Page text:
Looking at this graph, we can see that the deeper the bass, the more boost the car applied. This is because the car boosts at approximately 12Db per octave. To see this, look at the boost at 90Hz. It is just below 5dB. Look again an octave lower (an octave is half or double a frequency) at 45Hz where it boosts 15Db for a total boost of 10Db. Theoretically this curve would be a straight line sloped at exactly 12Db per octave, but the shape, size and materials that the car is made of will add resonances that can alter this boost. We can use this curve to our advantage depending on what kind of system we are trying to build. You will notice that the curve has a peak at around 55Hz. If we built a box that was especially loud at 55Hz, the peak of the box and the peak of the car would match and SPL would be even higher. This would be perfect for an SPL type system. You will also notice that the curve has a dip at around 38Hz. If we built an enclosure that had a peak at that frequency, we could flatten the response of the sub bass and make the car sound smoother. This would be beneficial in an SQ type system. The ability of a port to tune an enclosure to any frequency makes it easy to custom match the response to a type of system or even a type of music.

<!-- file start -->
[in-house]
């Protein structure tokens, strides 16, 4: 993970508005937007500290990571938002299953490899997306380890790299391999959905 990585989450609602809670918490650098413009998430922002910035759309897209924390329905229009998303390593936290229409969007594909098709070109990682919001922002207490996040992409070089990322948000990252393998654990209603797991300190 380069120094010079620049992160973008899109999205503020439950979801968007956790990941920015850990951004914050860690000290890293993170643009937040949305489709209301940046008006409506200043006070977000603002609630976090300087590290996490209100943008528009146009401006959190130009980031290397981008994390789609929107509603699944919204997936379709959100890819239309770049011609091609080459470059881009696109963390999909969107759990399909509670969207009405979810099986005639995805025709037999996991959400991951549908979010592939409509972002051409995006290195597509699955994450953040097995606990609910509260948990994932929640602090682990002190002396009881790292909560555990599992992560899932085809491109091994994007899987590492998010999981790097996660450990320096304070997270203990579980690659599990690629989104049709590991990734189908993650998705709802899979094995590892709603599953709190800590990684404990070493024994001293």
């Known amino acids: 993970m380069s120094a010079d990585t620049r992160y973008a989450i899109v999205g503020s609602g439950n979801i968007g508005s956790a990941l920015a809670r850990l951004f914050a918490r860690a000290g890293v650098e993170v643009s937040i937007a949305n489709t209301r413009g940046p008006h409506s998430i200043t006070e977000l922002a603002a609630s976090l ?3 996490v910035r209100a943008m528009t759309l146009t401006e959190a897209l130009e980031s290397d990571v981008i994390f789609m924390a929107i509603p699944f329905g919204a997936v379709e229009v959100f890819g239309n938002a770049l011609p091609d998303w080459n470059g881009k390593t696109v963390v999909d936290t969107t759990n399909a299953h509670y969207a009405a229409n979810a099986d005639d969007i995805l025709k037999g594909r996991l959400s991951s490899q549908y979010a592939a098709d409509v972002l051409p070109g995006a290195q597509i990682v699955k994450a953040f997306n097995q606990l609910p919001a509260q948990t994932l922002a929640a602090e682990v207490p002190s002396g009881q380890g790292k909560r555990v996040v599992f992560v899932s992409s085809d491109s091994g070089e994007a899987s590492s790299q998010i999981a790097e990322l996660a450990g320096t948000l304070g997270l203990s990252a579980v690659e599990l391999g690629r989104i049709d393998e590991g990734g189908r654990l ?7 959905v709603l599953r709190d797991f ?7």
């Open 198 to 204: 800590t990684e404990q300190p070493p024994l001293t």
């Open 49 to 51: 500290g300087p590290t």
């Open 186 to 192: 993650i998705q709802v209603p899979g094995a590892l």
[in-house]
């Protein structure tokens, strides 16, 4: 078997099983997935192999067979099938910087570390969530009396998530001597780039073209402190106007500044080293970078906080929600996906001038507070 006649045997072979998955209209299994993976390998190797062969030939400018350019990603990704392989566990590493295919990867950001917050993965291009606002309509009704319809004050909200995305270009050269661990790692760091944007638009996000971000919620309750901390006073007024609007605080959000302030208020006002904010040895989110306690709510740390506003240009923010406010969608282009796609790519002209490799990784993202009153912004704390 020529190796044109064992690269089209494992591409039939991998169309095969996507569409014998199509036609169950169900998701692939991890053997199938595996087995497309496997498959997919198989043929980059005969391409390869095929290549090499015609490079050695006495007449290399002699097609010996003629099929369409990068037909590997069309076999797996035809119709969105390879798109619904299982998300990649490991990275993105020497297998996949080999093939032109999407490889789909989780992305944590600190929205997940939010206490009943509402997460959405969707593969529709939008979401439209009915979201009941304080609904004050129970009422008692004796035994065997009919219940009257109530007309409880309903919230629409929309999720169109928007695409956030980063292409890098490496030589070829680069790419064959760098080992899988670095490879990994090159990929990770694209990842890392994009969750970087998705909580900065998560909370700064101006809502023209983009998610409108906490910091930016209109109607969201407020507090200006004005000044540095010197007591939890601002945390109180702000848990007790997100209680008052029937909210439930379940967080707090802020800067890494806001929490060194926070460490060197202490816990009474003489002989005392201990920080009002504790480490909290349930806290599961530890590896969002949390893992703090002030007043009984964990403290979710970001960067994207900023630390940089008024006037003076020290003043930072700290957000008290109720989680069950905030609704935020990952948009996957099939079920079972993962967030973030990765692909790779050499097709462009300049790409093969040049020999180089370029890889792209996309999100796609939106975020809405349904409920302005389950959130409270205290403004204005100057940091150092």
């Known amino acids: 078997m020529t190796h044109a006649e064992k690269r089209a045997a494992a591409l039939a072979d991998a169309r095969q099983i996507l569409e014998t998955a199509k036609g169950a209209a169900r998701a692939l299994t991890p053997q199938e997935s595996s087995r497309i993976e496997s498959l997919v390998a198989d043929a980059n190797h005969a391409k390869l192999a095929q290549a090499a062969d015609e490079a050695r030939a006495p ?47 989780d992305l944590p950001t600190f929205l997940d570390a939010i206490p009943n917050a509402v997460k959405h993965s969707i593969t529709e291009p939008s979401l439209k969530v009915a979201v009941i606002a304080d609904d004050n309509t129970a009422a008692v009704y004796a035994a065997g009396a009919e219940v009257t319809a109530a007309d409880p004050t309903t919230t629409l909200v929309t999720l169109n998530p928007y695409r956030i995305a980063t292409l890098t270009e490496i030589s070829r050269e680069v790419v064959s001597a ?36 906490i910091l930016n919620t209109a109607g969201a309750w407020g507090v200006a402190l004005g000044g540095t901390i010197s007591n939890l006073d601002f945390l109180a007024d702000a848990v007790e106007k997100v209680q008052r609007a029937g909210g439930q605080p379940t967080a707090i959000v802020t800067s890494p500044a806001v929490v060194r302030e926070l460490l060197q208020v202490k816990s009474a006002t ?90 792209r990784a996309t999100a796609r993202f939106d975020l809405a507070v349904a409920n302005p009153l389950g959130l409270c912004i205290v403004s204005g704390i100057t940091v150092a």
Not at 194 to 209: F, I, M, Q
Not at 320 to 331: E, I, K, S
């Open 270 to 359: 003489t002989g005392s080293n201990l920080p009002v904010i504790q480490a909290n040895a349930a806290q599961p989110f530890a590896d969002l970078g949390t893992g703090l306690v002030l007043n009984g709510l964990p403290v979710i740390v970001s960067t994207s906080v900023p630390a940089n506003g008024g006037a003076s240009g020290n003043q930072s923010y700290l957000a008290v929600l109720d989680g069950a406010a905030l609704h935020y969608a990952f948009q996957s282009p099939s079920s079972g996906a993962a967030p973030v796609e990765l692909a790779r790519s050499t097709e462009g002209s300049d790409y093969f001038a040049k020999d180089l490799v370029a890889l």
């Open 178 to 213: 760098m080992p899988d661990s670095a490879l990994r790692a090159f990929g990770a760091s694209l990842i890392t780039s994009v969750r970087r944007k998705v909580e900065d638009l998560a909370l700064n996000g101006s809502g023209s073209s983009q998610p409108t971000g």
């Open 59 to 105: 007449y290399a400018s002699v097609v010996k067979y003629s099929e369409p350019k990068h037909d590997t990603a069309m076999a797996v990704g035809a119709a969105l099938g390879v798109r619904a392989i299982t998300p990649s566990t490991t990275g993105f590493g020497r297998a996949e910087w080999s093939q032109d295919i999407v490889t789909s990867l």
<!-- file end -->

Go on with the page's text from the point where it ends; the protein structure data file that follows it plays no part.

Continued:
Going back to WinISD, and the default enclosure it designed, we see that the program chose a .662 cubic foot box size with a 28.40Hz tuning. Although the response curve looks flat and the box size seems nice and small, there will be a problem.
If we click on “Vents” a window pops up telling us how to build a port for the enclosure. In this case it would be a 4” diameter round port almost 60” long. Obviously a 5 foot long port is not going to fit inside a box that is a little larger than ½ a cubic foot. Although we could leave the port extending outside the enclosure, it would make for a strange looking contraption. Theoretically we could construct a port that wound around using plumbing elbows. As long as the length through its centerline equaled 60”, it would tune the same. If we then wanted to install the wound up port inside the enclosure, we would have to compensate for the airspace it took up by adjusting the outside dimensions of the box so that the internal volume included both the airspace the port took up and the airspace the woofer needed to play in.